The rhesus macaque model of asthma allows for traditional clinical measure of asthma while also providing tissue to be analyzed at an airway specific level. We leveraged this valuable resource to study airway generation specific changes in vascular remodeling. Our previous work with this model had established that allergen exposure alone increases airway vascular density in both proximal and distal airways [5]. We used archived tissue from a previously reported cohort of 24-rhesus macaque randomized to four exposure conditions and measured airway vascular density and airway VEGF protein expression, which we associated with airway hyper-reactivity and airway eosinophils. The animal cohort that was used in this study combined ozone and HDMA exposure to generate a more asthmatic phenotype that included increased IgE levels, increased eosinophils on BAL and substantially increased airway hyper-responsiveness [11]. The principle aim was to measure airway vascular density and epithelial VEGF expression and correlates these changes with airway eosinophils and airway hyper-responsiveness.

Our findings demonstrated a decrease in airway vascularity when ozone is combined with HDMA exposure. These changes were most significant in the distal airways. Exposure with HDMA alone resulted in an increase in airway vascularity that was also most significant in the distal airway. By contrast, the expression of VEGF by airway epithelium was significantly increased with HDMA exposure in the proximal airway. We correlated the airway vascularity and epithelial VEGF expression with airway hyper-responsiveness and found no association of increased vascularity with increased hyper-responsiveness. In fact, the airways with the highest degree of increased vascularity and increased epithelial VEGF gene expression had some of the lower measurements of airway hyper-responsiveness. Moreover, the ozone combined with HDMA group had some of the lowest airway vascular density but some of the most reactive airways. Additionally the degree of airway eosinophilia also did not correlate with airway hyper-responsiveness and was most significantly increased in the HDMA exposure groups. Taken together, these results provide more granularities to the paradigm of increased airway remodeling leading to increased hyper-responsiveness.

This cohort of rhesus macaque had increased airway mucous cell hyperplasia, an irregular basement membrane and a loss in the overall volume in conducting airways was more significant in the combined exposure group of ozone and HDMA [11]. Although the airway eosinophils were not increased in the exposure group of ozone combined with HDMA, there was an increase in eosinophils on the bronchoalveolar lavage as well as serum IgE and histamine, implying that the combined exposure results in a more systemic allergic inflammatory response [11]. Could any of these changes contribute more to airway hyper-responsiveness than vascular remodeling changes? Certainly increased mucous cell hyperplasia may lead to airway obstruction which would affect airflow but also may lead toward volume loss and increase in airway resistance. Similarly a rise in circulating eosinophils in the pulmonary circulation could lead toward a decrease in lung capacity analogous to pulmonary edema. Finally, the combined exposure cohort had a decrease in the volume of conducting airways, reported in a previous publication [11]. This decrease alone could account for an increase in airway resistance and hyper-reactivity. Previous studies with the combined ozone and allergen model have highlighted the increased airway smooth muscle cell hypertrophy and increased density of intraepithelial nerves [16,17]. Both smooth muscle cell hypertrophy and increased density of intraepithelial airway nerves could also explain an increase airway hyper-responsiveness.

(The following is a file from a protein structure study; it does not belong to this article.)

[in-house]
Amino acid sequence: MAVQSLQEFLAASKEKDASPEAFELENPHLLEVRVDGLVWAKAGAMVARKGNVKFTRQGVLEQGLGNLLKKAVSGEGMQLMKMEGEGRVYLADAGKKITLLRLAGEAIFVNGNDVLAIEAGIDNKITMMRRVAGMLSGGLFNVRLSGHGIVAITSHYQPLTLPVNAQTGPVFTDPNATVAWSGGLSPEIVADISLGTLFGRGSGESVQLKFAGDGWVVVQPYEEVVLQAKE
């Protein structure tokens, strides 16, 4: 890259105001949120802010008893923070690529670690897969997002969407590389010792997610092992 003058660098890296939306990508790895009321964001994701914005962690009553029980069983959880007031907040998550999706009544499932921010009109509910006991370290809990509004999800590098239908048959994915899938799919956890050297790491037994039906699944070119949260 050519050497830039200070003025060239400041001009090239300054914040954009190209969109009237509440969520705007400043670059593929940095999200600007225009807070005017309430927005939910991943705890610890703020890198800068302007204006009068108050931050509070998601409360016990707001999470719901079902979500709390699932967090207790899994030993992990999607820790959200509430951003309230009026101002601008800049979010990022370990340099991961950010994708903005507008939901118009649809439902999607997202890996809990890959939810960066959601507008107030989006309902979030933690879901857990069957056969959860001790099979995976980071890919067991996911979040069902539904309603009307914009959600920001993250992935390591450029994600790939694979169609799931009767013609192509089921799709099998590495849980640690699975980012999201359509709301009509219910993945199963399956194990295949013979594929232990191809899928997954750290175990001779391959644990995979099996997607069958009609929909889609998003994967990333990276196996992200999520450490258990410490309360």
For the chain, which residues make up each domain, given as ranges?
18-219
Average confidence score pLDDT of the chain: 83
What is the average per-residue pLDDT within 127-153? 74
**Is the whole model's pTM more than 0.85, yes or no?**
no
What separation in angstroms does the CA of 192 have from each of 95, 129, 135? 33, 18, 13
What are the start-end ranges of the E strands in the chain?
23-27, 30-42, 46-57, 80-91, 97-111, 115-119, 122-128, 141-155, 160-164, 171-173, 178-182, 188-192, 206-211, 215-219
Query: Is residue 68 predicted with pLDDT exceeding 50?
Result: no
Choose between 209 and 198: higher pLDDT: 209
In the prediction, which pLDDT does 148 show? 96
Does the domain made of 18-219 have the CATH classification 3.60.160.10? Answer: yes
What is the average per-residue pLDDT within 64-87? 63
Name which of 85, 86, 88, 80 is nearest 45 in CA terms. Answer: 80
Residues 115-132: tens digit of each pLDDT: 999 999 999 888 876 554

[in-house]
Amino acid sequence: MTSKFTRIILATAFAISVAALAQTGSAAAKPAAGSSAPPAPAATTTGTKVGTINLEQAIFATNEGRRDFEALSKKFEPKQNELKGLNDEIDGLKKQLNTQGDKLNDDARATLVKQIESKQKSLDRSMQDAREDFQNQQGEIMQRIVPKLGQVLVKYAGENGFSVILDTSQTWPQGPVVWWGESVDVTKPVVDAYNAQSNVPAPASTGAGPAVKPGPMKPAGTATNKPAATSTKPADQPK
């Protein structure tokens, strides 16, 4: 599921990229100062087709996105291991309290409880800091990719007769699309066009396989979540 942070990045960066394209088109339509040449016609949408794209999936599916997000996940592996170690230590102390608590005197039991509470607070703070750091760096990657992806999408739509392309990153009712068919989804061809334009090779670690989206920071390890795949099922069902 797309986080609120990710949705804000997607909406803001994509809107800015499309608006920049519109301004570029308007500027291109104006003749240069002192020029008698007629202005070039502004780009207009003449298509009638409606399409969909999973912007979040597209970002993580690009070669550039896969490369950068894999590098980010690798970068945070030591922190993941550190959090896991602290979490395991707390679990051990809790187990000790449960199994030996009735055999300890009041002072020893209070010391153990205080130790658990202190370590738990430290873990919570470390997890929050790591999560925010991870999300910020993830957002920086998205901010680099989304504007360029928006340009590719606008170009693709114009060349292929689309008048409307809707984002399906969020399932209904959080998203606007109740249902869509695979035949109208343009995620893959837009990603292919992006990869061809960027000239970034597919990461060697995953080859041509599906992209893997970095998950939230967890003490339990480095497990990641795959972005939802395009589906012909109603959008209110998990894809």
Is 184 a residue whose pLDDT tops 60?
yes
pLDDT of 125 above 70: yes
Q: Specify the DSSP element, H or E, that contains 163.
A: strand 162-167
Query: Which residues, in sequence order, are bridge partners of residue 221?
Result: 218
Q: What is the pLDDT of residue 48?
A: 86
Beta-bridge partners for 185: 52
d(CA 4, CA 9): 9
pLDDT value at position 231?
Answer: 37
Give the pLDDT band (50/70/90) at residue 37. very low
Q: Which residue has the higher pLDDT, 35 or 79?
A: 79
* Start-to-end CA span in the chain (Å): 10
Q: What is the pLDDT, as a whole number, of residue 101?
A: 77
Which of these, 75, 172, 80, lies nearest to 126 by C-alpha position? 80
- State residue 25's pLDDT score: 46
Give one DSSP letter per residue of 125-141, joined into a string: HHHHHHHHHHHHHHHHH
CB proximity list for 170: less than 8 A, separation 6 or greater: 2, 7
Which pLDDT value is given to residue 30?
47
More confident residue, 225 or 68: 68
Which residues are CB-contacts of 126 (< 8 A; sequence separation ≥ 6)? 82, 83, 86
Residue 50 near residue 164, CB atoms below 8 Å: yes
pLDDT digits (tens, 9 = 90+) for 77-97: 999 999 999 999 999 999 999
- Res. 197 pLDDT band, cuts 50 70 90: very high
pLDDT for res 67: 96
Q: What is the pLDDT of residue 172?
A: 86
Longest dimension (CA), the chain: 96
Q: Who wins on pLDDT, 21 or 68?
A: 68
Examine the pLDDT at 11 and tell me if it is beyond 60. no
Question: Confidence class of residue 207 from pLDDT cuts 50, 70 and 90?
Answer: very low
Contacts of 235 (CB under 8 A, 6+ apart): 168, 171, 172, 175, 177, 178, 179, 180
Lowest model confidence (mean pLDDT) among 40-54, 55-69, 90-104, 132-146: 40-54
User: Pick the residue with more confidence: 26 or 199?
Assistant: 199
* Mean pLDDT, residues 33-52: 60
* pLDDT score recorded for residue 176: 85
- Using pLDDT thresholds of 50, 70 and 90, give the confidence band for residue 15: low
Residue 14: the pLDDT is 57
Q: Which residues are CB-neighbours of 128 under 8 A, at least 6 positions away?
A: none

The current study however, is novel because it documents that advanced airway remodeling that results in an increase in airway hyper-responsiveness is not associated with increased airway vascular density or epithelial VEGF protein expression. This goes against previous reports that have established the presence of increased airway vascularity in patients with clinical asthma [18]. In fact, a recent study reported that airway hyper-reactivity was associated with increased sputum levels of sputum VEGF in patients with allergic rhinitis [19]. Using sputum VEGF as a biomarker of airway angiogenesis has never been validated and our current study is a more thorough evaluation of the contribution of airway vascular remodeling to airway physiology. Our study highlights the need to understand the full spectrum of beneficial as well as detrimental effects of increased vascular density in the asthmatic airway.